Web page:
As a fan of progressive music, it is easy to appreciate a truly unique and original talent like Mike Oldfield. Fan opinion of this new album appears to be high and some are calling it is his best since the 70s. As it relates to this style of Mike's music, I personally would give slightly higher marks to Amarok (1990), yet Return to Ommadawn certainly had me grinning from ear to ear. It is truly wonderful to hear an album by a veteran performer that can stand proudly next to some of their finest work.
Patrick McAfee: 9.5 out of 10
Sista Maj - Series of Nested Universes
Disc 1: Peony Spies (6:26), Secret Cave, Secret Rat (10:51), Which, In Turn, Falls (14:04), A Very Heavy Feather (25:40)
Disc 2: Series of Nested Universes (10:58), Like a Diamond in This Guy (11:40), It Never Ends (17:19), Bones of Steel (16:13)
Disc 2: Series of Nested Universes (10:58), Like a Diamond in This Guy (11:40), It Never Ends (17:19), Bones of Steel (16:13)
The music on Series of Nested Universes is an expansive collection of space-rock instrumentals that mix in psychedelia, krautrock and prog. Like most space-rock, these instrumentals use a slow build of intensity as they progress, and their tunes evolve, rather than having any sudden turns and changes.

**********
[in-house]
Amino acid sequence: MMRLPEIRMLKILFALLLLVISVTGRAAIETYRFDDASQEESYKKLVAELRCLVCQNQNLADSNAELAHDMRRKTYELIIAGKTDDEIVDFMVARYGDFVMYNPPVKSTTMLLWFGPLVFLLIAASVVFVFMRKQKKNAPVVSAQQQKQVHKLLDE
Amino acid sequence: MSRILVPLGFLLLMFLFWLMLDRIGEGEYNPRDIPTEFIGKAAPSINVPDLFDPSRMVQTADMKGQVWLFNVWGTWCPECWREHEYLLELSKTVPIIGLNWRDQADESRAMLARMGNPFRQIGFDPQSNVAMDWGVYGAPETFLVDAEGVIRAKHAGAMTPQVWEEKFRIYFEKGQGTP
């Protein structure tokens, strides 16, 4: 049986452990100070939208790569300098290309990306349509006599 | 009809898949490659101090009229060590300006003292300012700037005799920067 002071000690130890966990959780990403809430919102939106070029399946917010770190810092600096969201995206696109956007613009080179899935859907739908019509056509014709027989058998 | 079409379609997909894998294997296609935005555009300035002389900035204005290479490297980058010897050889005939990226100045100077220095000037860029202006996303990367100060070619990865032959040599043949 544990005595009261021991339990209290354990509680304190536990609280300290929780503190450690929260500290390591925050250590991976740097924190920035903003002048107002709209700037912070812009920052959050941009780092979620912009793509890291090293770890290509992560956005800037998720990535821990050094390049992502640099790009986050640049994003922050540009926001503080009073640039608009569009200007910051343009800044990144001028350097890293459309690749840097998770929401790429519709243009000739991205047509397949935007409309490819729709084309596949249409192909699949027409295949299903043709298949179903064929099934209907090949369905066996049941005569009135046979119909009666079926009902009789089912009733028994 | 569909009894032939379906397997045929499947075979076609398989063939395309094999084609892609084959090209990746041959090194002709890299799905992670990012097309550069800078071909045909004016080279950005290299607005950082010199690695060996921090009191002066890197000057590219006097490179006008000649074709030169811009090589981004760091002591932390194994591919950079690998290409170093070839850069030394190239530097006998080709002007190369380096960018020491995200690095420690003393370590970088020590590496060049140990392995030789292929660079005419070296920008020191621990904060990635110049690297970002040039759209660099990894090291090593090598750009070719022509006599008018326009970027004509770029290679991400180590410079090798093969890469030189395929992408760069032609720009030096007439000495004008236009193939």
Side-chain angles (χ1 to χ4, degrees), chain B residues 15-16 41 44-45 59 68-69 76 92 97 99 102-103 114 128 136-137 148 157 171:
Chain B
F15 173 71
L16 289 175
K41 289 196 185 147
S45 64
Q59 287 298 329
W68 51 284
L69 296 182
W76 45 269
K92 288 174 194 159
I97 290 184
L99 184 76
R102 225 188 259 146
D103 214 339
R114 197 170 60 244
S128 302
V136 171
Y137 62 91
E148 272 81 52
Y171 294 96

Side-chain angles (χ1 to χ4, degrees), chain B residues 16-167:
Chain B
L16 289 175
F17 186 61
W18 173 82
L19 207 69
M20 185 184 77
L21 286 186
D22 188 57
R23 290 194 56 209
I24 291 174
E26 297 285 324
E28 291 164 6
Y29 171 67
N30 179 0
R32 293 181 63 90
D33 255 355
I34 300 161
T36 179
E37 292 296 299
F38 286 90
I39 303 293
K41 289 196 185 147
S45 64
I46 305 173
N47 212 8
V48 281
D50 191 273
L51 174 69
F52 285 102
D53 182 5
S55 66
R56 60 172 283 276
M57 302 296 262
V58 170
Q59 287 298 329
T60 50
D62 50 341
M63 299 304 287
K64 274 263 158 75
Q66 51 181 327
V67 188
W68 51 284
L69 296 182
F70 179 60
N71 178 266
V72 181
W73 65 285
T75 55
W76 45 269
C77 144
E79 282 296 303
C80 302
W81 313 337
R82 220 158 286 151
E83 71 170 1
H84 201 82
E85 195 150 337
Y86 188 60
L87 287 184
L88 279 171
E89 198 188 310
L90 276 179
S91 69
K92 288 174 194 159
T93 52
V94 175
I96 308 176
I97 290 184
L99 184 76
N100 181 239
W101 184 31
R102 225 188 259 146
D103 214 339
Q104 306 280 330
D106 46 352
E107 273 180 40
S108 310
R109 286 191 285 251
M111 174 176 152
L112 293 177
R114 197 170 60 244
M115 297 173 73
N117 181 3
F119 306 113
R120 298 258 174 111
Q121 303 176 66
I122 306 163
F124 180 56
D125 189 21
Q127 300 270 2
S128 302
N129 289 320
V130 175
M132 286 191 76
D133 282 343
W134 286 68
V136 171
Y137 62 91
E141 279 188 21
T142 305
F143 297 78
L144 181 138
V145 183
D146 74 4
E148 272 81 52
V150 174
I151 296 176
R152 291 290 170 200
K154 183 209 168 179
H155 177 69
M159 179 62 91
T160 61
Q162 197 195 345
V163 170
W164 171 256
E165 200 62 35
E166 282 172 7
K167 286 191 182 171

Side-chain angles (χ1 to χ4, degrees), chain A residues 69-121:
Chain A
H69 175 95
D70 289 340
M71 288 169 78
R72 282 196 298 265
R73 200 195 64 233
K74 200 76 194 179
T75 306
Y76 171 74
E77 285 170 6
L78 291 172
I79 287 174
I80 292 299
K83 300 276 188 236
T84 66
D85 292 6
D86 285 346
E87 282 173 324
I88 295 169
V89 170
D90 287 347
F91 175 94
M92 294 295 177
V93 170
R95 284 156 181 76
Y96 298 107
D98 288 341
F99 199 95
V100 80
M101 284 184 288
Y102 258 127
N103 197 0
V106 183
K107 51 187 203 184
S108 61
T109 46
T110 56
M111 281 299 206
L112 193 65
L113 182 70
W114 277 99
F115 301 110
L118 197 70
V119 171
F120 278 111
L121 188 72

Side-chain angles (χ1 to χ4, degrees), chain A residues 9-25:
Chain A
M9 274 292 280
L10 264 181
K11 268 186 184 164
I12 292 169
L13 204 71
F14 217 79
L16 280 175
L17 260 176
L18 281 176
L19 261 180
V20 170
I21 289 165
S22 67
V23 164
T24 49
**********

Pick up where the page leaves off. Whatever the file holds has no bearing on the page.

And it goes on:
The first disc starts off with Peony Spies. Its otherworldly violin and double bass, add a jazz tinge to its reverberant psyche meets post-rock ambience. This sets the scene for Secret Cave, Secret Rat and its introduction of the electric sitar, as it builds into a beast of some psychedelic power. Then Which, In Turn, Falls uses long, sinewy guitar lines as it moves from a hypnotic, drone based sound, moving towards a heavier conclusion.